10. To make the gravy, pour off all but 2 tbsp. of fat, retaining the solids, heat pan on stove on high, add the ½ cup of wine, bring to boil and de-glaze the pan scraping up the fond. Serve gravy alongside the chicken.

Please see: Summer Serendipity

Grandma Loved Ceci Beans

In General Articles on October 23, 2011 at 6:09 PM

Grandma, who crossed the Atlantic 101 years ago on the Principe di Piemonte, with three children aged 7 and younger, loved ceci beans (chech-ee), which are also known as chick peas and garbanzo beans. As a callow youth with an unsophisticated palate, I hated them. To me, they were mealy and dry and I never tasted them again until about 10 years ago, when I had a ceci-based soup at a restaurant in Vagliagli, in the Chianti district of Tuscany.  After that, I began to appreciate their texture, flavor and adaptability to a variety of uses. One such use is in Garbanzo Bean Soup.

Recently, I had occasion to have lunch with some friends at the Indian Road Café, in my old neighborhood of Inwood in northern Manhattan.  I ordered a delicious shrimp sandwich, which came with a side salad of chick peas dressed with pesto. Having some pesto sauce remaining from the batch of Uncle Fred’s Homemade Pesto Sauce that I had made several weeks ago, as well as several cans of garbanzos in the pantry, I had an epiphany and headed out to the market to pick up a red onion, cucumber and lemon. The first of two of those items were visible in the salad as well as the chick peas and pesto, but I had no idea about the lemon, it just seemed the right addition.

The serendipitous result was Insalata de Ceci, named in honor of Grandma, who I believe would have loved this dish. The moral of this tale is ‘Listen to your grandma, as she is always right!’

Uncle Fred’s Homemade Pesto Sauce

In Pasta, Recipes, Sauces on October 23, 2011 at 6:06 PM

(Makes about 2 cups of sauce)

Ingredients:

4 cups of basil leaves (stems discarded) packed tightly
5 cloves garlic, chopped coarsely, about 1/3 cup
1 cup pignoli nuts
2/3 cup extra virgin olive oil, plus extra for preserving
¼ cup finely grated Parmigiano-Reggiano

Preparation:

1.    Place chopped garlic and pine nuts in a food processor.
2.    Add the basil leaves and pulse-chop the ingredients, pausing after 10 pulses or so to push down the basil leaves with a spatula. Continue pulsing until all of the basil is chopped.
3.    Slowly add the olive oil while running the food processor.
4.    Scrape all of the ingredients from the sides with a spatula.
5.    Slowly add the grated Parmigiano-Reggiano and give it one or two quick pulses.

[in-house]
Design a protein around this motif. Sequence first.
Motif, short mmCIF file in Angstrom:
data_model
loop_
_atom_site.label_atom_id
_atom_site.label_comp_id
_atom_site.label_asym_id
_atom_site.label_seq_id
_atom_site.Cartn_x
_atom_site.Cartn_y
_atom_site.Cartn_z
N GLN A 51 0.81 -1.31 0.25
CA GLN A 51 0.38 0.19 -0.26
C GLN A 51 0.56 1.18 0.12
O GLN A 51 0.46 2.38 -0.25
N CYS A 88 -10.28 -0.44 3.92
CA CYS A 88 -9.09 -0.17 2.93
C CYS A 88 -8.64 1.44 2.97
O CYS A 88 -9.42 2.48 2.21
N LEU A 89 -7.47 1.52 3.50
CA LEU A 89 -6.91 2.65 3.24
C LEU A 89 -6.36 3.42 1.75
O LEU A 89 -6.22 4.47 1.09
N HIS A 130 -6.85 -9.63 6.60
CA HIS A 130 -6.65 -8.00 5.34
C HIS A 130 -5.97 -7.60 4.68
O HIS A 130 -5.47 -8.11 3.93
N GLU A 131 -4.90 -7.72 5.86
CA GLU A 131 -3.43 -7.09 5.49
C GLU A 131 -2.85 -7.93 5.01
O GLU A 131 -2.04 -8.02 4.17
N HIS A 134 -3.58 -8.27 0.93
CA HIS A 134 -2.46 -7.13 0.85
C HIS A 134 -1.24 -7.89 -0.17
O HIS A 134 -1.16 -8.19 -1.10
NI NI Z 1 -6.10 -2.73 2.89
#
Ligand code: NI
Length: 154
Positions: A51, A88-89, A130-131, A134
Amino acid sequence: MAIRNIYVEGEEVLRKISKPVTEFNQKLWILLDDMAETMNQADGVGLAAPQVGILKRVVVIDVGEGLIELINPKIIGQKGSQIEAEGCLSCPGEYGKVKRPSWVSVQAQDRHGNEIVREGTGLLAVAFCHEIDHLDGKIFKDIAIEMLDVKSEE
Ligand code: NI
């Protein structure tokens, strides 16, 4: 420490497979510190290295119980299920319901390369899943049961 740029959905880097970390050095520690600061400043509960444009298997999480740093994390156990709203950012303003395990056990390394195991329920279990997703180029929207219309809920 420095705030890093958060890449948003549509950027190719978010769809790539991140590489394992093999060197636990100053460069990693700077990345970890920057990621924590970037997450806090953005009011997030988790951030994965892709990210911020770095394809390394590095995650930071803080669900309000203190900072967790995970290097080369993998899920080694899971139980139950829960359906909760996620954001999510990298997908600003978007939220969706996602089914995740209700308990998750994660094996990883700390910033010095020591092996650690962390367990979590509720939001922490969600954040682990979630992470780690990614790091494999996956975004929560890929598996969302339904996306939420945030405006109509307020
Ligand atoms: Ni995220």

6.    Transfer the pesto sauce to a clean, pint-sized jar. When the pesto settles, slowly top it off with about ¼ inch of olive oil, which acts as a preservative air barrier and prevents the pesto from being exposed to air, turning brown and going bad. In this state it can be refrigerated for several weeks.

SERVING SUGGESTIONS:

Angel Hair Pasta (Capellini) with Pesto Sauce

Capellini (Angel Hair Pasta)
•    1 cup of pesto sauce
•    1 lb. of Capellini
•    Cook pasta according to directions.
•    When pasta is cooked and before draining, remove 1 cup of pasta water, add it to a large bowl, drain and add pasta to the bowl and toss, add pesto sauce and mix well.
•    Serve with freshly grated Parmigiano – Reggiano.

Insalata de Ceci

Pollo con Pesto

Roasted Halibut with Tomato and Pesto

The Last of the Basil

In General Articles on October 23, 2011 at 6:05 PM

As summer winds down into the first full month of autumn, the last of the basil has been picked. The memory of summer has long since faded as the leaves begin their whirling descent to blanket the lawn with brown, red and gold. While the outside air smells of autumn, the kitchen air is redolent with the vestiges of summer, freshly picked basil.

The aroma of basil has always meant summer to me; summer on the Jersey Shore, and summer vacations on Cape Cod, where our first stop was to see Uncle Fred and Aunt Jo. On those latter occasions, not only did Fred provide us with our first night’s dinner, but also with a basil plant that he had carefully tended, and which lasted for the entire month of our vacation.

So with October in the wind a few weeks ago, we picked the leaves from the last of our basil plants and decided to extend summer for a few weeks more by making pesto with a recipe from Uncle Fred. For a brief history of pesto and its ancient method of preparation, before the invention of blenders and food processors, check out the article in this link to the foods of Liguria. Liguria is one of the western-most regions of Italy, it borders on the French Riviera and encompasses Genoa, San Remo, Portofino, and Cinque Terre.